Now, AstraZeneca’s Covid vaccine linked to VITT blood clotting disorder: Report

AstraZeneca coronavirus vaccine, which was sold in India as Covishield, is linked to a rare blood clotting disorder called Vaccine-Induced Immune Thrombocytopenia and Thrombosis (VITT), researchers have found. 

Pharmaceutical company AstraZeneca earlier this month had announced the worldwide withdrawal of its Covid-19 vaccines. Although “surplus of available updated vaccines” that target new variants of the virus was cited as the reason for the withdrawal, the decision came days after the company acknowledged in court papers that the vaccine carried serious side effects, known as thrombosis with thrombocytopenia, or TTS, in some people. This also follows the AstraZeneca’s decision to withdraw its European Union marketing authorisation. On May 6, Monday, the European Medicines Agency issued a notice that the vaccine is no longer authorised for use.

It was scientists of South Australia’s Flinders University that revealed in a study VITT emerged in 2021 during the Covid-19 pandemic, particularly after the use of the Oxford-AstraZeneca vaccine. The jab was based on adenovirus vectors, India Today said in a report.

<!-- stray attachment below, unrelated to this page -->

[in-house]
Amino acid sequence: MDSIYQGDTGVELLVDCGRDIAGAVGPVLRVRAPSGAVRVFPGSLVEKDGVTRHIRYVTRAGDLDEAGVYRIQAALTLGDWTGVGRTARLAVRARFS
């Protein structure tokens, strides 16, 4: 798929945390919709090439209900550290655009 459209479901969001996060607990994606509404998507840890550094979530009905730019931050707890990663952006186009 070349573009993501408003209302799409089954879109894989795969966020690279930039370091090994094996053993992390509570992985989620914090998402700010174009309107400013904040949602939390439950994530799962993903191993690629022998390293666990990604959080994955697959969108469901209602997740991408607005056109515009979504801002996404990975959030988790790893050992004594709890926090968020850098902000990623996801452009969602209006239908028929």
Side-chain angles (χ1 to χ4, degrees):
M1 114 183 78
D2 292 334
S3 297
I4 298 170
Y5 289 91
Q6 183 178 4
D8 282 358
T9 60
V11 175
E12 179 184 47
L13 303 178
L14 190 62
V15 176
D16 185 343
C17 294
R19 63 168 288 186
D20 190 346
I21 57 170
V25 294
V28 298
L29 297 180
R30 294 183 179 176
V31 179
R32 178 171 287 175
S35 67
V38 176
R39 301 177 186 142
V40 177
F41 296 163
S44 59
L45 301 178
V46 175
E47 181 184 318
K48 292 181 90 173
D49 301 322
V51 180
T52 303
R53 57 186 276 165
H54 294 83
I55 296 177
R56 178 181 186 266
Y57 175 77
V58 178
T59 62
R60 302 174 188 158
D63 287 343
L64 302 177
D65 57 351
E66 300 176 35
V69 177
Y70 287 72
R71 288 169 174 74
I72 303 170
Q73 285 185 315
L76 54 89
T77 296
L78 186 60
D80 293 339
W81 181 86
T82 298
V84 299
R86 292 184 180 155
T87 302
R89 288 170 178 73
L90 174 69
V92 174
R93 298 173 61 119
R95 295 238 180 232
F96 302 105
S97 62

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According to the researchers, VITT is caused by a harmful blood autoantibody targeting a protein called platelet factor 4 (PF4), the report said. Another research last year had revealed a similar fatal disorder linked to natural adenovirus infections involving the same PF4 antibody.

PF4 antibodies in vaccine-related VITT and natural adenovirus infections reportedly share identical molecular signatures.

Understanding “autoantibody” 

US-based National Cancer Institute describes “autoantibody” as an antibody produced by the immune system that attacks the body’s own proteins. Autoantibodies can directly destroy cells that have substances on them or can make it easier for other white blood cells to destroy them.

This can cause to autoimmune diseases, where the immune system harms healthy cells and tissues. Affected people are likely to develop blood clots in unusual places including the brain, India Today said. The patients may also have high levels of a substance called D-dimer in their blood, the report said.

The new study reportedly found that a common factor in viruses and vaccines triggers these harmful antibodies.

However, VITT is likely to occur four to forty-two days after taking the vaccine. As people are no longer taking the vaccine, the study offers vaccinated people no reason to bother, the report added.